Our objective is to restore the Kosovars to their homes with security and self-government. Our bombing campaign is designed to exact an unacceptably high price for Mr. Milosevic's present policy of repression and ethnic cleansing, and to seriously diminish his military capacity to maintain that policy.
We've been doing this for seven days now -- just seven days. Our pilots have performed bravely and well, in the face of dangerous conditions and often abysmal weather. But we must be determined and patient. Remember, the Serbs had 40,000 troops in and around Kosovo, and nearly 300 tanks, when they began this, before the first NATO plane got in the air. They had a sophisticated air-defense system. They also have a problem which has been festering for a decade, thanks to the efforts of Mr. Milosevic to make people hate each other in the former Yugoslavia because they are Muslims instead of Orthodox Christians or Catholics; because they're Albanians instead of Serbians or Croatians, or Bosnian Muslims, or Macedonians, or you have -- whatever. It is appalling.
For decades, those people lived in peace with one another. For ten years and more, now, a dictator has sought to make himself powerful by convincing the largest group, the Serbs, that the only way they can amount to anything is to uproot, disrupt, destroy and kill other people who don't have the same means of destruction -- no matter what the consequences are to everybody around them; no matter how many innocent children and their parents die; no matter how much it disrupts other countries.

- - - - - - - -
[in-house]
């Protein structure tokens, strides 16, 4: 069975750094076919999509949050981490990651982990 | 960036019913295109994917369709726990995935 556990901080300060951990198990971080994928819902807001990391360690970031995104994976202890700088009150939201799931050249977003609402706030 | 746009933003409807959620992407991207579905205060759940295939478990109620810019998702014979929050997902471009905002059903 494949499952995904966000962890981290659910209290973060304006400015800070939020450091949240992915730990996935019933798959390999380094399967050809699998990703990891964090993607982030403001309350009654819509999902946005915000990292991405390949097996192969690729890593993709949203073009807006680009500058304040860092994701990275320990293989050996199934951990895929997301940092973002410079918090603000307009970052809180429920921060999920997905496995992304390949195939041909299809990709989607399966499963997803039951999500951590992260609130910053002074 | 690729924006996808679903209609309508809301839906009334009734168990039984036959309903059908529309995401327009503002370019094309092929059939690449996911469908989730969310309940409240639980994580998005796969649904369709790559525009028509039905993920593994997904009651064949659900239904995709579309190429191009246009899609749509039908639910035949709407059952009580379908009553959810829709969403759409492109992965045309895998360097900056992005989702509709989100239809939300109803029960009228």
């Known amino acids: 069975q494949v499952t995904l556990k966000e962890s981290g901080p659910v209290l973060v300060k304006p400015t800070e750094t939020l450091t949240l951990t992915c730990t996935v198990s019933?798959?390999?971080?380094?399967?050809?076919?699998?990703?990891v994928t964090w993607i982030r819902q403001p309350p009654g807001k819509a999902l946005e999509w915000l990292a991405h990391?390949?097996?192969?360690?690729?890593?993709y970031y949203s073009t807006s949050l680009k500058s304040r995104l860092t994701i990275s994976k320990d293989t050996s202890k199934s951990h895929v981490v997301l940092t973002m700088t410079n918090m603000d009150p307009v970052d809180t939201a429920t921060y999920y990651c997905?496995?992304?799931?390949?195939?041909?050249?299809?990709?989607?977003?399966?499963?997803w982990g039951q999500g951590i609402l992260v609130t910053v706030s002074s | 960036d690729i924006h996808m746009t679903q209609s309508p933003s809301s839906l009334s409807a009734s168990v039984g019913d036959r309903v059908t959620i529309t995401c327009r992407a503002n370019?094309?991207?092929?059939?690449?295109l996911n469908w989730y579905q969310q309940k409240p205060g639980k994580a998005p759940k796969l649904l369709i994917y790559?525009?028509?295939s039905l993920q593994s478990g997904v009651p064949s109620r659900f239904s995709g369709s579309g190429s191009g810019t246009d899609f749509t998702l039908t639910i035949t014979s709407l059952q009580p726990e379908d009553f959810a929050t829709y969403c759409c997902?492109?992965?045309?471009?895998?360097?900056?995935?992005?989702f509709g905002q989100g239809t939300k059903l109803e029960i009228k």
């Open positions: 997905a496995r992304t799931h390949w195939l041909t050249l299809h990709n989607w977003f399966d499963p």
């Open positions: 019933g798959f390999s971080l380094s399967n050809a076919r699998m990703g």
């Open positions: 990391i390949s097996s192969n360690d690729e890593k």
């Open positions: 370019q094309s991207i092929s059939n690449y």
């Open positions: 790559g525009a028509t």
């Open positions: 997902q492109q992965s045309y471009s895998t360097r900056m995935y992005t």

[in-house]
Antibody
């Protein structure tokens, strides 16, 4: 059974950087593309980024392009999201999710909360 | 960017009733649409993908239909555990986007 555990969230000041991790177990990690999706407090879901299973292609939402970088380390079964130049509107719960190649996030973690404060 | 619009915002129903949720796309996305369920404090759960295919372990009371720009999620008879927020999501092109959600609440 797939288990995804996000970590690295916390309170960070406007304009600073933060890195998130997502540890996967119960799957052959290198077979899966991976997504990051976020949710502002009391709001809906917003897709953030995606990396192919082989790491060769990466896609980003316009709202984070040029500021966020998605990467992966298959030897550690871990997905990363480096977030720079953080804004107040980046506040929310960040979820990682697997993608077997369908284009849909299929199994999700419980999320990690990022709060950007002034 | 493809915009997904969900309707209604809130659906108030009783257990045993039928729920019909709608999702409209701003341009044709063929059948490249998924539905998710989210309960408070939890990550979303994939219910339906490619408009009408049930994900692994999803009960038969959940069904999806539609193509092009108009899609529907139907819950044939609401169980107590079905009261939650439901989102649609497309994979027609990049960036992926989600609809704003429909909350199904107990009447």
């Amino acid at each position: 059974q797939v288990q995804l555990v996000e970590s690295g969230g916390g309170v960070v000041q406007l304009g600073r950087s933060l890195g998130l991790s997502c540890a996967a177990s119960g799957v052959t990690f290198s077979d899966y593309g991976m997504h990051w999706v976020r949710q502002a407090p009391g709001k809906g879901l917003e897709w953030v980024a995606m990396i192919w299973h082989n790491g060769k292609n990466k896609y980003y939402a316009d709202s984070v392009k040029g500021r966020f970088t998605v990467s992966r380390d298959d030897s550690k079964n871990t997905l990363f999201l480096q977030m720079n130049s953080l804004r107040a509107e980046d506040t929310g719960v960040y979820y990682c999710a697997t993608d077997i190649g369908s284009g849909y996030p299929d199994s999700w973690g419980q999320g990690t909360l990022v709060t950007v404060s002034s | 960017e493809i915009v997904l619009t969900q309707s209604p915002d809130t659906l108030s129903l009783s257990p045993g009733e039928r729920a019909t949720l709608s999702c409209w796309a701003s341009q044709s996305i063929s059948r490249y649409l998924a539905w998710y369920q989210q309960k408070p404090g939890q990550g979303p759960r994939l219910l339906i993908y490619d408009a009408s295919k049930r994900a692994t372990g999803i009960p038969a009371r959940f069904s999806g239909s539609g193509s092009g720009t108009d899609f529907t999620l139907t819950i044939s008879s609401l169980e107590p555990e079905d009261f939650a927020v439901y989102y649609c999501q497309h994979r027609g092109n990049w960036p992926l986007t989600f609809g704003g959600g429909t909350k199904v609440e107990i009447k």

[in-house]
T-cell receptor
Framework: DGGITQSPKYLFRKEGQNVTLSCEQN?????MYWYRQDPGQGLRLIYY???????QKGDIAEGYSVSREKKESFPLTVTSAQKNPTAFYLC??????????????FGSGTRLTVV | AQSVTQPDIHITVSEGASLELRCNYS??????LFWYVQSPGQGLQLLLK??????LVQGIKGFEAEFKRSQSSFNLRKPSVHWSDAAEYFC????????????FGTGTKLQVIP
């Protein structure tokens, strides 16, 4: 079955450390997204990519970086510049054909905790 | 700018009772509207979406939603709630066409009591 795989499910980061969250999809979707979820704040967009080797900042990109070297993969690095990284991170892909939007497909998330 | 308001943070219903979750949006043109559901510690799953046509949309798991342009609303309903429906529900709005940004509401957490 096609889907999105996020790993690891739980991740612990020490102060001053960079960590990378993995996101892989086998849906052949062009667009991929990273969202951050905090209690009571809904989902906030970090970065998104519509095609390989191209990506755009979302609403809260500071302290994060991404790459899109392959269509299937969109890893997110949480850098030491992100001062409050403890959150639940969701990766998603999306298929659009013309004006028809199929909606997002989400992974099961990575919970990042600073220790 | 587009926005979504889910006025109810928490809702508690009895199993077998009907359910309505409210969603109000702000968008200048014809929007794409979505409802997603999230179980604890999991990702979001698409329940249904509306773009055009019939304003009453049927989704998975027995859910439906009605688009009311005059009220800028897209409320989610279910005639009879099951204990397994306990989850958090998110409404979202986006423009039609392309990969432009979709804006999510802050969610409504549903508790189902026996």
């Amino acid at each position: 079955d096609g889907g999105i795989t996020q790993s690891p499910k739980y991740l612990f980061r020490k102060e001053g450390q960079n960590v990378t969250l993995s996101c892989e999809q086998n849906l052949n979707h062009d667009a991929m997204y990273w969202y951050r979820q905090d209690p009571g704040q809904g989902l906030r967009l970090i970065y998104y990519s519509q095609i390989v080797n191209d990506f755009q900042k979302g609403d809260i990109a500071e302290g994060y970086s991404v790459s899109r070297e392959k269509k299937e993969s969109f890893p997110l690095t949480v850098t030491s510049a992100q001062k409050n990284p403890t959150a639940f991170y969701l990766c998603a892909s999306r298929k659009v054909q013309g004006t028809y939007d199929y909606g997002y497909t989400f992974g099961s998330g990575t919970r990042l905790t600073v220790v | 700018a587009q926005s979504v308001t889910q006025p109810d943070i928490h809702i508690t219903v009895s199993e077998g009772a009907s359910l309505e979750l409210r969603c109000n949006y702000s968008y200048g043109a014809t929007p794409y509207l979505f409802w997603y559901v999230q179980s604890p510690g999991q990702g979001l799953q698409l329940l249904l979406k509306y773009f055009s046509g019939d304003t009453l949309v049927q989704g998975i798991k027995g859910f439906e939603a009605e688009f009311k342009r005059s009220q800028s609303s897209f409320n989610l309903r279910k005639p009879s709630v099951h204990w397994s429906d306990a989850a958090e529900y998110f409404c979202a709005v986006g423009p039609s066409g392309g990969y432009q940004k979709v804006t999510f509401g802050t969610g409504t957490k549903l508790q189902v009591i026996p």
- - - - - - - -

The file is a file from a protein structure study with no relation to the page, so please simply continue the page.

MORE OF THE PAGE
Why? Because they want power, and they want to base it on the kind of ethnic and religious hatred that is bedeviling the whole world today. You can see it in the Middle East, in Northern Ireland. You can see it in the tribal wars in Africa. You can see that it is one of the dominant problems the whole world faces. And this is right in the underbelly of Europe.
We have to decide whether we are going to take a stand with our NATO allies, and whether we are prepared to pay the price of time to make him pay the price of aggression and murder. Are we, in the last year of the 20th century, going to look the other way as entire peoples in Europe are forced to abandon their homelands or die? Are we going to impose a price on that kind of conduct and seek to end it?
Mr. Milosevic often justifies his behavior by talking about the history of the Serbs going back to the 14th century. Well, I value the history of this country, and I value what happened here in the 18th century. But I don't want to take America back to the 18th century. And he acts like he wants to take Serbia back to the 14th century -- to 14th century values, 14th century ways of looking at other human beings.